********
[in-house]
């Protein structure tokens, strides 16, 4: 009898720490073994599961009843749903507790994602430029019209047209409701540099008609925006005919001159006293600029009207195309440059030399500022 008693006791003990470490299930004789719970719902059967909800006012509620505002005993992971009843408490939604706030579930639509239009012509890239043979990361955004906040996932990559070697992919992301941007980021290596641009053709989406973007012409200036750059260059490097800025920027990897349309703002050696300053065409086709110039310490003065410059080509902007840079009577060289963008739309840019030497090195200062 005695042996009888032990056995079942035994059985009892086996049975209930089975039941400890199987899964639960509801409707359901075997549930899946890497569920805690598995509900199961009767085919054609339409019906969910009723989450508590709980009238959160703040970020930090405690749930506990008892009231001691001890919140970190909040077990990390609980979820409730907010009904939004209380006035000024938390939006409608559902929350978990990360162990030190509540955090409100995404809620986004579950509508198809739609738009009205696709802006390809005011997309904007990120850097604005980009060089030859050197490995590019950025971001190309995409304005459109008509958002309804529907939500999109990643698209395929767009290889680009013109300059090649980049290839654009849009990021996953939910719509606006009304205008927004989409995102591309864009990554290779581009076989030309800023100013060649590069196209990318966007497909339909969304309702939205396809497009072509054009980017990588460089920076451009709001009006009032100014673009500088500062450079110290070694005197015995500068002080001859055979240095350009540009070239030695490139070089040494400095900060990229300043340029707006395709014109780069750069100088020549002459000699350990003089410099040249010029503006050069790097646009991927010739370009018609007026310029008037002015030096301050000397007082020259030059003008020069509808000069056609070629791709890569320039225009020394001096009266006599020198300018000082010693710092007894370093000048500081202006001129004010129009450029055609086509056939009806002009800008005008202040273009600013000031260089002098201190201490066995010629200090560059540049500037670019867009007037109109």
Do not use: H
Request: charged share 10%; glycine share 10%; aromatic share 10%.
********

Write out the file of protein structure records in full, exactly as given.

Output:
[in-house]
């Protein structure tokens, strides 16, 4: 009898720490073994599961009843749903507790994602430029019209047209409701540099008609925006005919001159006293600029009207195309440059030399500022 008693006791003990470490299930004789719970719902059967909800006012509620505002005993992971009843408490939604706030579930639509239009012509890239043979990361955004906040996932990559070697992919992301941007980021290596641009053709989406973007012409200036750059260059490097800025920027990897349309703002050696300053065409086709110039310490003065410059080509902007840079009577060289963008739309840019030497090195200062 005695042996009888032990056995079942035994059985009892086996049975209930089975039941400890199987899964639960509801409707359901075997549930899946890497569920805690598995509900199961009767085919054609339409019906969910009723989450508590709980009238959160703040970020930090405690749930506990008892009231001691001890919140970190909040077990990390609980979820409730907010009904939004209380006035000024938390939006409608559902929350978990990360162990030190509540955090409100995404809620986004579950509508198809739609738009009205696709802006390809005011997309904007990120850097604005980009060089030859050197490995590019950025971001190309995409304005459109008509958002309804529907939500999109990643698209395929767009290889680009013109300059090649980049290839654009849009990021996953939910719509606006009304205008927004989409995102591309864009990554290779581009076989030309800023100013060649590069196209990318966007497909339909969304309702939205396809497009072509054009980017990588460089920076451009709001009006009032100014673009500088500062450079110290070694005197015995500068002080001859055979240095350009540009070239030695490139070089040494400095900060990229300043340029707006395709014109780069750069100088020549002459000699350990003089410099040249010029503006050069790097646009991927010739370009018609007026310029008037002015030096301050000397007082020259030059003008020069509808000069056609070629791709890569320039225009020394001096009266006599020198300018000082010693710092007894370093000048500081202006001129004010129009450029055609086509056939009806002009800008005008202040273009600013000031260089002098201190201490066995010629200090560059540049500037670019867009007037109109």
Do not use: H
Request: charged share 10%; glycine share 10%; aromatic share 10%.